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FILLER: How I Made Comic Page (Part 1)

December 7th, 2007

OK so welcome to part 1 of HOW I MADE COMIC PAGE, the series of Filler pages which currently replace new comic pages. This is where I get to explain how I make my comics, the purpose being to prove to you guys how easy it is to make comics so that hopefully I can inspire you guys to make comics as well. (The more the merrier!)

So why do I do comics? I enjoy telling stories and I love drawing. So for me, comics allow me to do both. They bring together the powerful visuals found in filmmaking and the length of depth you can get only in traditional novel writing. Furthermore, it’s a relatively new field compared to traditional novel writing, and it’s easier to produce than films. Getting into the comicmaking game now means getting a head start of something that’ll only get bigger and more legitimate as time goes on. 🙂

So why should you do comics? Because you want to, that’s it really. Artfucks might want to dictate certain rules for art and that you shouldn’t be allowed to do something if you don’t meet the requirements or if you’re not “supposed” to do it. Well fuck ’em. Do art (and comics) because you want to do it. Set your own rules for it, that’s what I’ve done!

To which, I before I start I want to point out this caviet: these are the rules I’ve set up for my own system of comicmaking. I’m out to teach you how I do things, but what you do with that knowledge is up to you. I don’t want to make it sound like my way is the only way you should do comics, as opposed to all the artfucks out there who will dictate the opposite.

Anyways, I’ll start getting straight to the point.

• 0.5MM MECHANICAL PENCIL, WITH 2B LEAD + ERASER (Photoshop’s Undo function has become a standard in my life; I don’t use ink at all with my work simply because I hate not being able to erase. 2B lead is a soft lead which allows me to draw a nice thick line, but is still pencily enough for me to erase. Sure the lead does smear, but I fix that up later. Personally I’ve been using a Zebra M-301 for about 10 years now, but you obviously don’t have to use the same one.)
• A SHARPIE (This is just to produce the thick outlines around my characters. Otherwise it’s not really necessary, but it’s still nice to have around.)
A NON-PHOTO BLUE PENCIL (If you’ve ever seen sketches where there is some blue or red color to it, this pencil is what causes it. I use these a lot whenever I want to layout a drawing before I dedicate my pencil to it. Its eraseable qualities are especially handy.)
• A MAGIC MARKER AND RULER (Used to layout frame lines, as seen above. More on this later.)
• A SHEET OF PAPER (This is what I draw my comic on. More on this in a bit.)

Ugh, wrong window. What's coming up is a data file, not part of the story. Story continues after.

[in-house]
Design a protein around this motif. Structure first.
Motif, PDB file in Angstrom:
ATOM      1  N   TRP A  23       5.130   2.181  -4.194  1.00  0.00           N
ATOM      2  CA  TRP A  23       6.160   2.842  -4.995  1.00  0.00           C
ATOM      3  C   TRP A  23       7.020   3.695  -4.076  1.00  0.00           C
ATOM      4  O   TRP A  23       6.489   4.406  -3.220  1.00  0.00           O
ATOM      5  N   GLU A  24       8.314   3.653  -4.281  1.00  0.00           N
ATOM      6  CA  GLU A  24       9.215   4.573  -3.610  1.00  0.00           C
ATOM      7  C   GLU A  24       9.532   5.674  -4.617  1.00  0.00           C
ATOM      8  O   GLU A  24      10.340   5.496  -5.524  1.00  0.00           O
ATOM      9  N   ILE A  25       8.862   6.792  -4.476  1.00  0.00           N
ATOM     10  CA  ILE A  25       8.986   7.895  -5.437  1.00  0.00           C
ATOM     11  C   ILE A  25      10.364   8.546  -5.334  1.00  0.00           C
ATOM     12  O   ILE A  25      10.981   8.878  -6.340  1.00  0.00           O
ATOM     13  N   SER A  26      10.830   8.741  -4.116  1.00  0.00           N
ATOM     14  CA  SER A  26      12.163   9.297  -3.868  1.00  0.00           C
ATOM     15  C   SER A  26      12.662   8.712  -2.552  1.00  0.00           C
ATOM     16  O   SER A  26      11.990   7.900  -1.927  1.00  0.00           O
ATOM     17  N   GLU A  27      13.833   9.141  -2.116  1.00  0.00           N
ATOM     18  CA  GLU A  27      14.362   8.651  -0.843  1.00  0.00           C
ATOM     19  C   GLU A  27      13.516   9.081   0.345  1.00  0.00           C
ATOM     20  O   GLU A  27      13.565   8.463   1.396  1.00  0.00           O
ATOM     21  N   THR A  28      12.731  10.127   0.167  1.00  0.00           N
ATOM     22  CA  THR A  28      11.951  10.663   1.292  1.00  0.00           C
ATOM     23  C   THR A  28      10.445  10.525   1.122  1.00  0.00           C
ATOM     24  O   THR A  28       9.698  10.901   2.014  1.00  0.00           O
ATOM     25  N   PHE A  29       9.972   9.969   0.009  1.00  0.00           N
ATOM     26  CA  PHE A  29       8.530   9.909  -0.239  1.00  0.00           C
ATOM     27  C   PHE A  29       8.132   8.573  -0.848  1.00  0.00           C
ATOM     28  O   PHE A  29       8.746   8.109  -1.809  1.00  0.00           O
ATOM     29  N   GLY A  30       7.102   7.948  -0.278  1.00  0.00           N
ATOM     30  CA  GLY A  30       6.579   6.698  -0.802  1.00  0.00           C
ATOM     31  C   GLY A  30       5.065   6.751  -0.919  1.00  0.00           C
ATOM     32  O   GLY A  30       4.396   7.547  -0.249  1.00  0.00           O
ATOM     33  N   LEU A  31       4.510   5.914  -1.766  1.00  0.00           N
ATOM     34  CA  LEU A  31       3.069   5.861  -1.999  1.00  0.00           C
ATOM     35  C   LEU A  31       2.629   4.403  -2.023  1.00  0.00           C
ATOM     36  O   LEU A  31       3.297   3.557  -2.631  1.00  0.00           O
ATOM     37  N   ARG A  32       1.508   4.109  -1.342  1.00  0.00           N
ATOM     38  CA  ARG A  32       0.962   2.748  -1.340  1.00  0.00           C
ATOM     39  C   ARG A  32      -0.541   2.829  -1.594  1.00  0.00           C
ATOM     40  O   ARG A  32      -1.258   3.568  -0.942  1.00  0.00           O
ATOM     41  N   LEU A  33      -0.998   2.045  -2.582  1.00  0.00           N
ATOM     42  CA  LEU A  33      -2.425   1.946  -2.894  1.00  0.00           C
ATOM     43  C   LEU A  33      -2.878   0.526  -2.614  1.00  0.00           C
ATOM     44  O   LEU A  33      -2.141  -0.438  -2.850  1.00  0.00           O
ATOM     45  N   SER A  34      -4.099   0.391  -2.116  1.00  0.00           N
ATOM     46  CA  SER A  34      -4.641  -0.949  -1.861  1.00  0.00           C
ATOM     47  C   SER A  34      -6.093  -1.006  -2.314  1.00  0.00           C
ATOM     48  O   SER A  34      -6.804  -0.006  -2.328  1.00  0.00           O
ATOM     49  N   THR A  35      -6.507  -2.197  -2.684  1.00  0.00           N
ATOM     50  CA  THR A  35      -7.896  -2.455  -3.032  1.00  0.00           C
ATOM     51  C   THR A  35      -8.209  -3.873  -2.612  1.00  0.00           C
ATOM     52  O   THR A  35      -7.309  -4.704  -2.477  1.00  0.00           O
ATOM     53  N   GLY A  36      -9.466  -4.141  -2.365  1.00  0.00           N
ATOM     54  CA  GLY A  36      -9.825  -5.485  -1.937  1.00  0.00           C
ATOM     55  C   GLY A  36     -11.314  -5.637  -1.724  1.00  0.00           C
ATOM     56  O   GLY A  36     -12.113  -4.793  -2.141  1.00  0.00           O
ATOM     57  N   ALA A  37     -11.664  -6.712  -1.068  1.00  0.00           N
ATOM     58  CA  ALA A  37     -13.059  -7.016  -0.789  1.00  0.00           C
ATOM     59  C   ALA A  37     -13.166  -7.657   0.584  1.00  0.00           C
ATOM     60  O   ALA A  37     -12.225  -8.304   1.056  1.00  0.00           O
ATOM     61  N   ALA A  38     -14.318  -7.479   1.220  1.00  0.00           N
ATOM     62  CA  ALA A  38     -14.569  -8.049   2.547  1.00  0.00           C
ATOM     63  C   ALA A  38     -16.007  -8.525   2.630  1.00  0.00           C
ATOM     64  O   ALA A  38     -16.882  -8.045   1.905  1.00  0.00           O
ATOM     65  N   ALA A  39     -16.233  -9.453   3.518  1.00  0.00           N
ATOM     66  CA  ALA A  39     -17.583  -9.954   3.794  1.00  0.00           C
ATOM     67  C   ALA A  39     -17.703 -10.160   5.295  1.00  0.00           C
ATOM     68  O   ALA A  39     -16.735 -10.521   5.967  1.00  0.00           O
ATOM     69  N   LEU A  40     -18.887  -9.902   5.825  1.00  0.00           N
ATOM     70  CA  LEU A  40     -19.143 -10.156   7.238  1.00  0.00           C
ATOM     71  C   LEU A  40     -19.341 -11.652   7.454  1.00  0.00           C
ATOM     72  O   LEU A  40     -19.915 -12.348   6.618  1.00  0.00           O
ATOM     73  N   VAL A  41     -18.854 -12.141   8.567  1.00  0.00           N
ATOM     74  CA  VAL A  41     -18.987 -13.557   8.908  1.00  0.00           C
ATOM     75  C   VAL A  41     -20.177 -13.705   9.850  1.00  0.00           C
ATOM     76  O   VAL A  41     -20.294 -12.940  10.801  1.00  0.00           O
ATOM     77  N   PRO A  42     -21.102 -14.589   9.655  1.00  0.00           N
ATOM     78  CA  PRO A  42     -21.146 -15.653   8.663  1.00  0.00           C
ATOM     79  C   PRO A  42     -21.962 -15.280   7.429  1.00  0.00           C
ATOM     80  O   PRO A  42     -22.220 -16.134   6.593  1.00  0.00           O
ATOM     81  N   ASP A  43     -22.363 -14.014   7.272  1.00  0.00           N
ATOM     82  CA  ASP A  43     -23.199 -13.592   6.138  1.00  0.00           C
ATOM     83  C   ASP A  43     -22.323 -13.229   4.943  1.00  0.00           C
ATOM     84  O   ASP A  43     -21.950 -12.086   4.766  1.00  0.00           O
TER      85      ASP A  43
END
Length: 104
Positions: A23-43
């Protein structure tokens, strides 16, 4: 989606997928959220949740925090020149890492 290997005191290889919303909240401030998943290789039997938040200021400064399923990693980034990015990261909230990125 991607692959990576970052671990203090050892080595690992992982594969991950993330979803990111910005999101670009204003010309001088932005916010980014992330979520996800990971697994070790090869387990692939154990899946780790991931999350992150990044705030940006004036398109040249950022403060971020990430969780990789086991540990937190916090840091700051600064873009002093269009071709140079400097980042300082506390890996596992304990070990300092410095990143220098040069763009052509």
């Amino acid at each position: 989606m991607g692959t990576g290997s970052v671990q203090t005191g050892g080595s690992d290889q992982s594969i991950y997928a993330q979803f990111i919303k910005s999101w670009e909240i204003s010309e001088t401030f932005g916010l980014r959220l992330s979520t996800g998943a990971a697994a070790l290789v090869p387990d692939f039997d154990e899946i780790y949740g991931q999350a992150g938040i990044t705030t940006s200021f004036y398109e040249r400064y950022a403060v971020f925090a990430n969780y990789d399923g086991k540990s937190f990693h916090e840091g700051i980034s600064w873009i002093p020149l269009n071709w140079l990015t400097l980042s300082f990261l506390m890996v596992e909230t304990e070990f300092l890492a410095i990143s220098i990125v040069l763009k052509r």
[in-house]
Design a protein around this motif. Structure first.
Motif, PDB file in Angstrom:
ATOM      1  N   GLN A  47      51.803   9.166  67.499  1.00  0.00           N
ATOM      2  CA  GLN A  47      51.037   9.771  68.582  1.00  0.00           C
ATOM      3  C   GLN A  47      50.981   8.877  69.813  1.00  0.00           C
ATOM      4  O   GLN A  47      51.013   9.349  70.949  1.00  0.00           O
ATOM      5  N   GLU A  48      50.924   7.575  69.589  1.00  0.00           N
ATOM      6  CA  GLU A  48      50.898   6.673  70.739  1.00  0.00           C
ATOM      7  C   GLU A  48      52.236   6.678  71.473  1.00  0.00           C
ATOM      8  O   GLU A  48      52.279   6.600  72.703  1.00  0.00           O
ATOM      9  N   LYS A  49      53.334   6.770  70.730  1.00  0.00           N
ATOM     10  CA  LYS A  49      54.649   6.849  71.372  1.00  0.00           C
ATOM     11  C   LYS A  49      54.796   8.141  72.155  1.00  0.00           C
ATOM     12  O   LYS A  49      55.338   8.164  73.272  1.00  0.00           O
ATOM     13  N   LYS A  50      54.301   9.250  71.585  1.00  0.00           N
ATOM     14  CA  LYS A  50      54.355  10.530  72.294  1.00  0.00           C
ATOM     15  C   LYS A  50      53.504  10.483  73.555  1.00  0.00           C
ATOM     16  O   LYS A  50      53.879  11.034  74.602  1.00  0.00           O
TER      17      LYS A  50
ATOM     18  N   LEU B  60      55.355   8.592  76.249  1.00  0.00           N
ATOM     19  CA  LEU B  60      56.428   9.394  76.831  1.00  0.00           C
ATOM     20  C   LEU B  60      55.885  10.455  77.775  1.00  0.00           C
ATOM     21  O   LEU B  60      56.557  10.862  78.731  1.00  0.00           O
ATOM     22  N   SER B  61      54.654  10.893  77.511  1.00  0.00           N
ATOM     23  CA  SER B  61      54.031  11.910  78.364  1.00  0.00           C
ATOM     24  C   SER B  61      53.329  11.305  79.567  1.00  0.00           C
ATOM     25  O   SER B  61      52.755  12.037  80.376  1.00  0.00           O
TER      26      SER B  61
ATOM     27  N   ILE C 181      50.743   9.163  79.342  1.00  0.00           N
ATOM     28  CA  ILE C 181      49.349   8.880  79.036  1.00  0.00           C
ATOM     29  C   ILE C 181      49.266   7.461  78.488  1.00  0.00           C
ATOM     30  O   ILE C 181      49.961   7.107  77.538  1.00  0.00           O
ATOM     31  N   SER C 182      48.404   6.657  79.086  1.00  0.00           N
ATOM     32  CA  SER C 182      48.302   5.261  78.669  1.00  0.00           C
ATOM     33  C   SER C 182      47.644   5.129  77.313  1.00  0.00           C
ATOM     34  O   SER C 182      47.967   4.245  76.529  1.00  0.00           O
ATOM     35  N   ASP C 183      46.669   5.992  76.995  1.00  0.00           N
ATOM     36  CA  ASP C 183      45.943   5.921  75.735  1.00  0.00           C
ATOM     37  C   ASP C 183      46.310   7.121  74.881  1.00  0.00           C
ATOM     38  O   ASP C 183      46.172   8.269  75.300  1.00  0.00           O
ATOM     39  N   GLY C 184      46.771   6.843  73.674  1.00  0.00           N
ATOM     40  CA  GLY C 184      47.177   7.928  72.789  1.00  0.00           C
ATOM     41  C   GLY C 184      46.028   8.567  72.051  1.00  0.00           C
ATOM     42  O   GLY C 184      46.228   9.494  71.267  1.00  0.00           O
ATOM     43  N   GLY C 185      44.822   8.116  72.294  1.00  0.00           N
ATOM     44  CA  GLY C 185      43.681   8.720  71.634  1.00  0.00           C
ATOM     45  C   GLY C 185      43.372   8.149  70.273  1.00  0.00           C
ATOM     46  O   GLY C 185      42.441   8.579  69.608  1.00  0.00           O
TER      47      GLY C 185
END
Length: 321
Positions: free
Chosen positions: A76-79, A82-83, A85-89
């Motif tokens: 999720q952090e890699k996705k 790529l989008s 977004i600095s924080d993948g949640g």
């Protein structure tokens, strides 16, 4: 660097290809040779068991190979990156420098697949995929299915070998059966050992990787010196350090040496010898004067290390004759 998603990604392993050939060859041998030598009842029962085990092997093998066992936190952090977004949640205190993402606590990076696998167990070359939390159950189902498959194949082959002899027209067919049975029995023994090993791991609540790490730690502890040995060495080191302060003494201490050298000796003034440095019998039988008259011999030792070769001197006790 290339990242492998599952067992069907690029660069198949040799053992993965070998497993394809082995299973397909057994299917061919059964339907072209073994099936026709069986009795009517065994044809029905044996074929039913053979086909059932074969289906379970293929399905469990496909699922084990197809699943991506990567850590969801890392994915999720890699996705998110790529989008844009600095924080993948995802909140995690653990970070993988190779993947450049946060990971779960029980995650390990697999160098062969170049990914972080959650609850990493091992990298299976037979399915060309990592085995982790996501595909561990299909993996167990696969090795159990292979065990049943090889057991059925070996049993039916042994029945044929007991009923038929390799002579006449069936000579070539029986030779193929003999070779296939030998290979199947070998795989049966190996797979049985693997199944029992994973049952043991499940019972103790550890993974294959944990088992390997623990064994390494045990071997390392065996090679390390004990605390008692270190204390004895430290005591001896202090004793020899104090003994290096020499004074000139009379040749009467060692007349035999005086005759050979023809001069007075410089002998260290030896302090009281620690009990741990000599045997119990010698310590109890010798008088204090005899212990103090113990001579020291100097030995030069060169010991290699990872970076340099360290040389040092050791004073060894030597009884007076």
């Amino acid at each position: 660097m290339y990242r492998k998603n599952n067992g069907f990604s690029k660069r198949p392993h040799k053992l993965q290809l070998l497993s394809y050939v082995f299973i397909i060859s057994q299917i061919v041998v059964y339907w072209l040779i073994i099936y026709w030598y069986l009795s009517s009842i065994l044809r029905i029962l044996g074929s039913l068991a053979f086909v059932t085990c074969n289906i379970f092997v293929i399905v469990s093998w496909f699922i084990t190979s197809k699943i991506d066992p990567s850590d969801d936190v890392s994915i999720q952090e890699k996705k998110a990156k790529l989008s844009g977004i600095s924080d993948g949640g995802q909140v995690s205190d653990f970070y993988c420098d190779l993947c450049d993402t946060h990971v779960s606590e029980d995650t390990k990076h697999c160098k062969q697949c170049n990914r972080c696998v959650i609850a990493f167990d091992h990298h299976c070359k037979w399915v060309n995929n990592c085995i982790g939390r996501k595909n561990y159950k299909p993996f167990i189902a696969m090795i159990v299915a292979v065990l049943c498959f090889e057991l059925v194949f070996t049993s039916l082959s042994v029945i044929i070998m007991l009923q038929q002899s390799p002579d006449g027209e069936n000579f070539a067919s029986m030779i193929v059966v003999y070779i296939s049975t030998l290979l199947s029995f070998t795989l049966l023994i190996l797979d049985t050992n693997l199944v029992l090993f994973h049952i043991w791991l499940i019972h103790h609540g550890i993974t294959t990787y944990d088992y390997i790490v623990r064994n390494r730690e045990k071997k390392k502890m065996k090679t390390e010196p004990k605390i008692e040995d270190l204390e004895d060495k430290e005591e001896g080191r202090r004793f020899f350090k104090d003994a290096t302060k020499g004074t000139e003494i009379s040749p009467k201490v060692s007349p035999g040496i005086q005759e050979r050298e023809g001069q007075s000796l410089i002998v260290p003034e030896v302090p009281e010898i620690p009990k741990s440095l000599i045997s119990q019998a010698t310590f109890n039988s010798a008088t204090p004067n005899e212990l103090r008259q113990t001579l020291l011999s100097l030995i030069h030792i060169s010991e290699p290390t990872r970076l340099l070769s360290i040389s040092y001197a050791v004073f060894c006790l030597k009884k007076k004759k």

• A COMPUTER (Used largely for post-production work.)

That’s pretty much it!

You can use whatever piece of paper you want. But what I do has a specific reason behind it.

When I started doing comics, I used to just whip out any old sheet of 8.5″x11″ paper to draw on. But as time went by I realized that page dimensions started to become very important to me, largely because I want to sell my comics in a minicomic or whatever. Thing is, a comic done on a 8.5″x11″ sheet of paper doesn’t fit nicely in a minicomic, which is 5.5″x8.5″, much in the same way a widescreen movie doesn’t fit on a regular television screen all that well (at least not without the black bars on the top and bottom). So what I ended up doing was get myself a 8.5″x14″ sheet of paper and print upon it a rectangle that is the right proportion to a minicomic page. Furthermore, on the rectangle I’ve measured it out at various positions, like a third of the page, a quarter, half, etc.; this you might notice on the sides of the rectangle. This is handy for whenever I want to create even frames of other sizes.

The Magic Marker is fortunately of a nice thickness to where all I have to do is line up my ruler at the various positions and just draw straight down the ruler in order to get the nice border like that. Creating a new page is as simple as that. Nifty, huh?

I think that’s pretty much it for Part 1. Making a new comic is really as simple as getting yourself a sheet of paper and something to draw with. And while I use a fancy pencil and sheets of paper with the lines already printed on them, there’s nothing saying you can’t use… oh, I dunno, a brown paper bag and a blue marker. That’s it!

BTW, if you have any questions about this step, ask them now, because I’ll add them to the finalized body when this it all said and done (I’m thinking about turning Nick15.com into an informative art site which collects all my knowledge on how to create art.)

Stick around for Part 2, that’s where I’ll show you how I draw in each frame and page.

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Moose River
by Philippe Van Lieu
—Fully Charged - June 27th, 2019—

From the bottom of my heart (and the bottom of this page): thank you very much for reading my comics.

Nick15, all related subjects, and all text are ©1996-2019 Philippe Van Lieu
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